• Clean surfaces using a product suitable for each surface, following instructions on the product label.

How to Safely Clean Various Surfaces

In most situations, cleaning regularly is enough to prevent the spread of germs. Follow these tips to safely clean different surfaces in your home:

For hard surfaces, such as counters, certain toys, light switches, and floors:

  • Clean surfaces with soap and water or with cleaning products appropriate for use on the surface.
Cleaning a lightswitch

For soft surfaces such as carpet, rugs, and drapes:

  • Clean the surface with cleaning products appropriate for use on these surfaces.
  • Launder items (if possible) according to the manufacturer’s instructions. Use the warmest appropriate water setting and dry items completely.
  • Vacuum surfaces (such as carpets and rugs) and dispose of the dirt safely.
Bucket of cleaning supplies

For laundry items, such as clothing, towels, cloth toys, and linens:

  • Launder using detergent and recommended water temperature.
  • Dry items completely.
  • It is safe to wash dirty laundry from a person who is sick with other people’s items.
  • Clean clothes hamper or laundry baskets according to guidance for surfaces.
  • Wash hands after handling dirty laundry.
Cleaning laundry

For electronics, such as phones, tablets, touch screens, keyboards, and remote controls:

  • Consider putting a wipeable cover on electronics, which makes cleaning and disinfecting easier.
  • Follow manufacturer’s instructions and recommendations for cleaning.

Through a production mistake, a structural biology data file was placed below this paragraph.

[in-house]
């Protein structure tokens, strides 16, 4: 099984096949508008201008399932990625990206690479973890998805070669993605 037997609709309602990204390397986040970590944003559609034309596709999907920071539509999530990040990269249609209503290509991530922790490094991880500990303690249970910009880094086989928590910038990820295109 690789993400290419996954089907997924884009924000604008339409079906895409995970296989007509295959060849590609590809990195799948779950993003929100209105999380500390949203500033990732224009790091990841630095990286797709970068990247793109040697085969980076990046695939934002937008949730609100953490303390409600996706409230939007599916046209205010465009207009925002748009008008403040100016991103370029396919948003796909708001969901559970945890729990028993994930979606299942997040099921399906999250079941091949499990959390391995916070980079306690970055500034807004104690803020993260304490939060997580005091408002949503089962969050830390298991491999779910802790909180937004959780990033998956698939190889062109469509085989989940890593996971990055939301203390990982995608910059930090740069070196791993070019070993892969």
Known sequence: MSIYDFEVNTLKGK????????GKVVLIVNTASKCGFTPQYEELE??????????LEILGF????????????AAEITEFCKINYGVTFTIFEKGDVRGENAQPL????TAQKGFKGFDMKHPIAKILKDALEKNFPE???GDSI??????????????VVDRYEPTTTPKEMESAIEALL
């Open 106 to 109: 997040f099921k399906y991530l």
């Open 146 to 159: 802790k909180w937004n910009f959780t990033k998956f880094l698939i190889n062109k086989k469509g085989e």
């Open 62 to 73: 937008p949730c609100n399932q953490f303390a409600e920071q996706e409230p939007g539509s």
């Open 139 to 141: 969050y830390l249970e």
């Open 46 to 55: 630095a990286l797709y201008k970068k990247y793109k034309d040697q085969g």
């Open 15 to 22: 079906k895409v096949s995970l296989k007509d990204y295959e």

Cleaning electronics

Keeping your hands clean is one of the main ways that you can keep germs from spreading in your home. Learn more

Sanitizing

Set of colorful children toys on a shelf

When to Sanitize in Your Home

Some surfaces and objects in your home may need to be sanitized after they are cleaned.

How to Sanitize Safely

Daily sanitizing may not be necessary if surfaces and objects are cleaned carefully after use. To sanitize a surface or object, use a weaker bleach solution or an EPA-registered sanitizing spray.

For nonporous objects, such as certain toys and infant feeding items,

  • Sanitize items by either boiling, steaming, or using a weaker bleach solution. Check with the item’s manufacturer about which method to use. A dishwasher with a sanitizing cycle can be used for some items.
  • After sanitizing, place items on a clean, unused dish towel or paper towel and allow to air dry thoroughly before storing or using.
  • Do not use a dish towel to rub or pat items dry because doing so may transfer germs to the items.

For hard surfaces, such as kitchen counters and food preparation areas

For more information on food safety, please visit CDC’s Food Safety page.